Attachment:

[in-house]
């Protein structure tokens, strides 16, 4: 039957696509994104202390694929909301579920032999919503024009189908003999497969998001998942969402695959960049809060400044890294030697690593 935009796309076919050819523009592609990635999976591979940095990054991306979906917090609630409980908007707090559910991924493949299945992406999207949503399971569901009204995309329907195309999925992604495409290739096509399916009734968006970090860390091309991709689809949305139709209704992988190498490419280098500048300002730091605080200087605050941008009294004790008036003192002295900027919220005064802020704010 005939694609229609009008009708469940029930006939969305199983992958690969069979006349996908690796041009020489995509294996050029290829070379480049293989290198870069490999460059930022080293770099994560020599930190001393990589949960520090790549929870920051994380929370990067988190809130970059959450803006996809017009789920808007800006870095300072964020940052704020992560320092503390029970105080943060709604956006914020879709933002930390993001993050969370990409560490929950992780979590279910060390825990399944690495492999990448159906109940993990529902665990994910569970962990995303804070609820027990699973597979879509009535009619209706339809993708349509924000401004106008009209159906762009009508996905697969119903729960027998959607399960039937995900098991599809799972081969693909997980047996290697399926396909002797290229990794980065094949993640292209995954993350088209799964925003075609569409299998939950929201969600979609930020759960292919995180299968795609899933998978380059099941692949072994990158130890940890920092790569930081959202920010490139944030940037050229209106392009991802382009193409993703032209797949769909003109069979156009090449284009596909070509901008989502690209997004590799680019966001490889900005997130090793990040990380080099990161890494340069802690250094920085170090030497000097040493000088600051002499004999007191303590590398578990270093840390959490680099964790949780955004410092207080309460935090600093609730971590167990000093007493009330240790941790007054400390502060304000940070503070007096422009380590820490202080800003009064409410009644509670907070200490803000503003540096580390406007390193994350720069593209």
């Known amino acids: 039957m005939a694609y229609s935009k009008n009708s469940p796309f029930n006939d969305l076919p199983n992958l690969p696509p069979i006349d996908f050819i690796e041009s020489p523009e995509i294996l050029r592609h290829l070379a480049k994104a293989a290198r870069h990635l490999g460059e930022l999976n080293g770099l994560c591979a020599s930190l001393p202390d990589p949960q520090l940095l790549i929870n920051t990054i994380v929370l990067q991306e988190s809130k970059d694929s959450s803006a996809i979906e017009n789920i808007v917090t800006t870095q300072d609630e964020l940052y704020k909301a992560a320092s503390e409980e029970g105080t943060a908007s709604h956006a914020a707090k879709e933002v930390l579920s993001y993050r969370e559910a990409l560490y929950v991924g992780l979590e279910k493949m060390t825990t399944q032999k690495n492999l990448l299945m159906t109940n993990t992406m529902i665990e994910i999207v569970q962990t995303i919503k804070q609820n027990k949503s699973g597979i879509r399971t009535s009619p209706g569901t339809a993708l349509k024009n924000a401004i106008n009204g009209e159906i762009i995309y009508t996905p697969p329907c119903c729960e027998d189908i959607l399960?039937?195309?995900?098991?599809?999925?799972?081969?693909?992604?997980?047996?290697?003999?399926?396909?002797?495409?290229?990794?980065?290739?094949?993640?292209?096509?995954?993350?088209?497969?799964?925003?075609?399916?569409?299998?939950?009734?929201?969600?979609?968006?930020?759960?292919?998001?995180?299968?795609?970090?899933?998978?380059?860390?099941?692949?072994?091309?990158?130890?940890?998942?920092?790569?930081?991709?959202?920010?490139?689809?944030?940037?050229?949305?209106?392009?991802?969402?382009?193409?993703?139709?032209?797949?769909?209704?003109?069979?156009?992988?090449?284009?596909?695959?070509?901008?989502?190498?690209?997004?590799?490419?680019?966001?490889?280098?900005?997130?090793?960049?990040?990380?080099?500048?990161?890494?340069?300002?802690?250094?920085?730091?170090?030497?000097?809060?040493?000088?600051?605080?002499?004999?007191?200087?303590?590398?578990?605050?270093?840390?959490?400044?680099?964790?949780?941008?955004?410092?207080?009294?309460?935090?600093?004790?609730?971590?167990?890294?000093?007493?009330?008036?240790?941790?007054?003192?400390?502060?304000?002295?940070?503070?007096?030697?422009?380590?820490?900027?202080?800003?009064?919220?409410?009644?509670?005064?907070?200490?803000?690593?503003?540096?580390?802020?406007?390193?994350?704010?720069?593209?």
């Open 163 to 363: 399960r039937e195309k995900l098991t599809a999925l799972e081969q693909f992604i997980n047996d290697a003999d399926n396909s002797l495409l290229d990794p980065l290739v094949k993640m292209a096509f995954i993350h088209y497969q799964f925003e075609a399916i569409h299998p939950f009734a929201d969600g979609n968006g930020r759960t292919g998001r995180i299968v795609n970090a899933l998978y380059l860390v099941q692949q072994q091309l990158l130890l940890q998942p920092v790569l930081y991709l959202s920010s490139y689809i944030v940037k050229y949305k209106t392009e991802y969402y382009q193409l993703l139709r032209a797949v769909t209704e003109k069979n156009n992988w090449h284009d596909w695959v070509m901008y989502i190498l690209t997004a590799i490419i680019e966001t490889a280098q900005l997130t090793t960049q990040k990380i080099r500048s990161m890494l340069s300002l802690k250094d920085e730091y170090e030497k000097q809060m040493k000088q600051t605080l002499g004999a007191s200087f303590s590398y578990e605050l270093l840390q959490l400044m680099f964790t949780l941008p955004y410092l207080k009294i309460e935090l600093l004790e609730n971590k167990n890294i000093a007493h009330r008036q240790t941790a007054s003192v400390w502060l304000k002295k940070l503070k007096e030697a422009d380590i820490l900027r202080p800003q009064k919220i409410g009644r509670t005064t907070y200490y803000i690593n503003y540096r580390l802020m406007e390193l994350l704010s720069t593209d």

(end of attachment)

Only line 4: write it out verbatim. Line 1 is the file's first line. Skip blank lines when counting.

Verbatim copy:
């Open 163 to 363: 399960r039937e195309k995900l098991t599809a999925l799972e081969q693909f992604i997980n047996d290697a003999d399926n396909s002797l495409l290229d990794p980065l290739v094949k993640m292209a096509f995954i993350h088209y497969q799964f925003e075609a399916i569409h299998p939950f009734a929201d969600g979609n968006g930020r759960t292919g998001r995180i299968v795609n970090a899933l998978y380059l860390v099941q692949q072994q091309l990158l130890l940890q998942p920092v790569l930081y991709l959202s920010s490139y689809i944030v940037k050229y949305k209106t392009e991802y969402y382009q193409l993703l139709r032209a797949v769909t209704e003109k069979n156009n992988w090449h284009d596909w695959v070509m901008y989502i190498l690209t997004a590799i490419i680019e966001t490889a280098q900005l997130t090793t960049q990040k990380i080099r500048s990161m890494l340069s300002l802690k250094d920085e730091y170090e030497k000097q809060m040493k000088q600051t605080l002499g004999a007191s200087f303590s590398y578990e605050l270093l840390q959490l400044m680099f964790t949780l941008p955004y410092l207080k009294i309460e935090l600093l004790e609730n971590k167990n890294i000093a007493h009330r008036q240790t941790a007054s003192v400390w502060l304000k002295k940070l503070k007096e030697a422009d380590i820490l900027r202080p800003q009064k919220i409410g009644r509670t005064t907070y200490y803000i690593n503003y540096r580390l802020m406007e390193l994350l704010s720069t593209d």